Passing Rates on Subject-Matter Examinations for Teachers (CBEST, CSET, etc.)

Source: California Commission on Teacher Credentialing

At its meeting today, the California Commission on Teacher Credentialing is scheduled to present a report on the passing rates of Commission-approved examinations from 2005-2006 to 2009-2010. This report is available online as Agenda Item 5C on the Web site above.

For each examination (e.g., the California Basic Educational Skills Test–CBEST and the California Subject Examinations for Teachers–CSET), the purpose of the examination, its structure, the scoring process, the examination volume, the first-time passing rate, and the cumulative passing rate are included in the report. Also of interest are demographic data about test-takers (e.g., years of college, highest level of mathematics taken in high school, gender, racial group, etc.) and the average test scores of the various demographic groups.


Recipients of the Presidential Award for Excellence in Mathematics and Science Teaching are Honored by President Obama at the White House

Source: National Science Foundation

On May 20, a group of kindergarten through sixth-grade teachers from across the United States topped off a visit to the nation’s capital by meeting with President Obama. The meeting honored teachers who received the prestigious Presidential Award for Excellence in Mathematics and Science Teaching (PAEMST).

During their tour of the White House earlier in the day, the educators met briefly with Jill Biden. Both the president and Biden congratulated the teachers and thanked them for their outstanding commitment to the nation’s students.

The teachers’ visit capped a week of professional development and recognition activities, including a number of interactions with senior members of the Administration and members of Congress.

White House Office of Science and Technology Policy Associate Director for Science Carl Wieman and the National Science Foundation (NSF) hosted an awards ceremony during which the awardees received certificates signed by President Obama. The awardees also met Administrator Charlie Bolden of the National Aeronautics and Space Administration and Administrator Lisa Jackson of the Environmental Protection Agency.

During dinner with NSF senior advisor Cora Marrett, awardees heard from Kathryn Sullivan, assistant secretary of the Department of Commerce and deputy administrator of the National Oceanic and Atmospheric Administration, and S. James Gates Jr., a member of the President’s Council of Advisors on Science and Technology.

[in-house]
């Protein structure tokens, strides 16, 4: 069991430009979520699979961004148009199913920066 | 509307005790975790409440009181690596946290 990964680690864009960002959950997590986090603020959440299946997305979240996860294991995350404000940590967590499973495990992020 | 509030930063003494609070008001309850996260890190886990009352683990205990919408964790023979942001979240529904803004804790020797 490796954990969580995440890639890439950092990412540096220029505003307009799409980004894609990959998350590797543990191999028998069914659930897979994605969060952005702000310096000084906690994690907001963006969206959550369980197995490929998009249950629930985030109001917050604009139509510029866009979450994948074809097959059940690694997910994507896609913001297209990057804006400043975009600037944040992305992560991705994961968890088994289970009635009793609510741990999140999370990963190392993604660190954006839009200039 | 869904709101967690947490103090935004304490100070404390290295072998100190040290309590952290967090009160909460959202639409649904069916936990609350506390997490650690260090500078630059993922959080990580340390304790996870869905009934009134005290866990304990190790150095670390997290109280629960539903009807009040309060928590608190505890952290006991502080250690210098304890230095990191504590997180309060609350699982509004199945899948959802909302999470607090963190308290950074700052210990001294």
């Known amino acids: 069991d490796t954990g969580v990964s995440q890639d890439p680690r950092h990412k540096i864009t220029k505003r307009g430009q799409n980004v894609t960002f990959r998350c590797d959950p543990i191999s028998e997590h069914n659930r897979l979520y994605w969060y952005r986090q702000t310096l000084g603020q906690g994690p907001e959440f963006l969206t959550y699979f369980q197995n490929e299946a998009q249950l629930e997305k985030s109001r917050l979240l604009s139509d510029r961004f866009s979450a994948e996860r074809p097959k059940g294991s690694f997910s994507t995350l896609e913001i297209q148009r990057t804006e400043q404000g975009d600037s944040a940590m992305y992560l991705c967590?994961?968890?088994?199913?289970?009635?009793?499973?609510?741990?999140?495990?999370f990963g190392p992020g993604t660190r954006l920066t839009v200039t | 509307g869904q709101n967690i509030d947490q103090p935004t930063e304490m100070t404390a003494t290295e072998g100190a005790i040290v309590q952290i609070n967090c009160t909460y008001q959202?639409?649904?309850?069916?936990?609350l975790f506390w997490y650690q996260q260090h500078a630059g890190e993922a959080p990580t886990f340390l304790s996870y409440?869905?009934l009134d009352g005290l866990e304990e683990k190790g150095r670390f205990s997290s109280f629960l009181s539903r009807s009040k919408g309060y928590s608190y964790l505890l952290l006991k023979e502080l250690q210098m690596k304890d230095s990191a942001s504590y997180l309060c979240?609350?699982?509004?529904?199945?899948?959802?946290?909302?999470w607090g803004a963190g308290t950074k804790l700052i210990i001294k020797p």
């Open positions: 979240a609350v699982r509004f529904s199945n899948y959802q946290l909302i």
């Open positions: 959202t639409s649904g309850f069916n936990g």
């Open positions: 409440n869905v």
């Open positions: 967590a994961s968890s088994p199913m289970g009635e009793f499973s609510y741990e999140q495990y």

“It was wonderful to have the awardees here with us in Washington,” said Marrett. “They represent the very best in science and mathematics teaching, and they are a great resource to their schools, to each other and to us.”

During their time in Washington, the awardees also had the opportunity to talk with senior education policy staff from the Department of Education, the White House Domestic Policy Council, and the White House Office of Science and Technology Policy.

PAEMST is the nation’s highest recognition of kindergarten through 12th-grade mathematics or science teachers for outstanding teaching in the United States. The awards recognize teachers for their contributions in the classroom and to their profession. Awardees serve as models for their colleagues, inspiration to their communities, and leaders in the improvement of mathematics and science education.

In addition to a presidential certificate, awardees received a paid trip for two to Washington, D.C., and a $10,000 award from the National Science Foundation to be used at their discretion.

Of the elementary teachers selected for the award, there were 44 science teachers and 41 mathematics teachers representing 49 states and three U.S. jurisdictions.

PAEMST applications are reviewed at the state and national levels by selection committees of outstanding scientists, mathematicians, and educators. Nominees are then sent to the White House Office of Science and Technology Policy for final selection. The awards alternate between elementary (kindergarten through sixth grade) and secondary (seventh through 12th grade) teachers each year.

California’s winners were Kathleen McCarthy from San Leandro (mathematics) and Anne Marie Bergen from Oakdale (science). For more information, visit

Related Articles

“Presidential Awards for STEM Teachers Go Unclaimed” by Jeffrey Mervis

Source: Education Week – 18 May 2011

Eighty-five elementary teachers [received] what many science educators regard as the Nobel Prize of their profession… The winners, from 49 states and three other U.S. jurisdictions, represent 21 fewer teachers than the program is designed to honor, nearly a quarter of the slots.

State coordinators, many of them former awardees, offer several explanations for the shortfall, from the quality of the STEM teaching corps, to the program’s lack of visibility, to the uneven judging of candidates, to the rigorous application itself…

The most obvious reason, experts say, is that there are so few teachers willing to complete the application process.

California, with roughly 200,000 teachers eligible for the 2010 award, had exactly three vying for the title of the state’s best elementary math teacher. (One became a state finalist and was chosen a national winner.)…

The core of the application is an unedited, 30-minute classroom video that serves as a template to demonstrate good teaching. Judges rate the applicants in such areas as mastery of the appropriate content, effective instruction, and use of student assessments, as well as on their leadership outside the classroom. Teachers have 15 pages to narrate the video, analyzing their interactions with students. The application, along with background information and letters of recommendation, is reviewed first by a state panel and then, if a candidate clears that hurdle, a national one…

Some program officials believe low participation rates reflect sagging morale among the nation’s teaching corps. That malaise is fueled by the current round of massive state budget cuts and negative societal attitudes toward the teaching profession, they say.

“It’s tough, with the bad economy and the way people are so down on teachers,” said Diana Herrington, California’s state math coordinator for the competition and a 1999 award winner.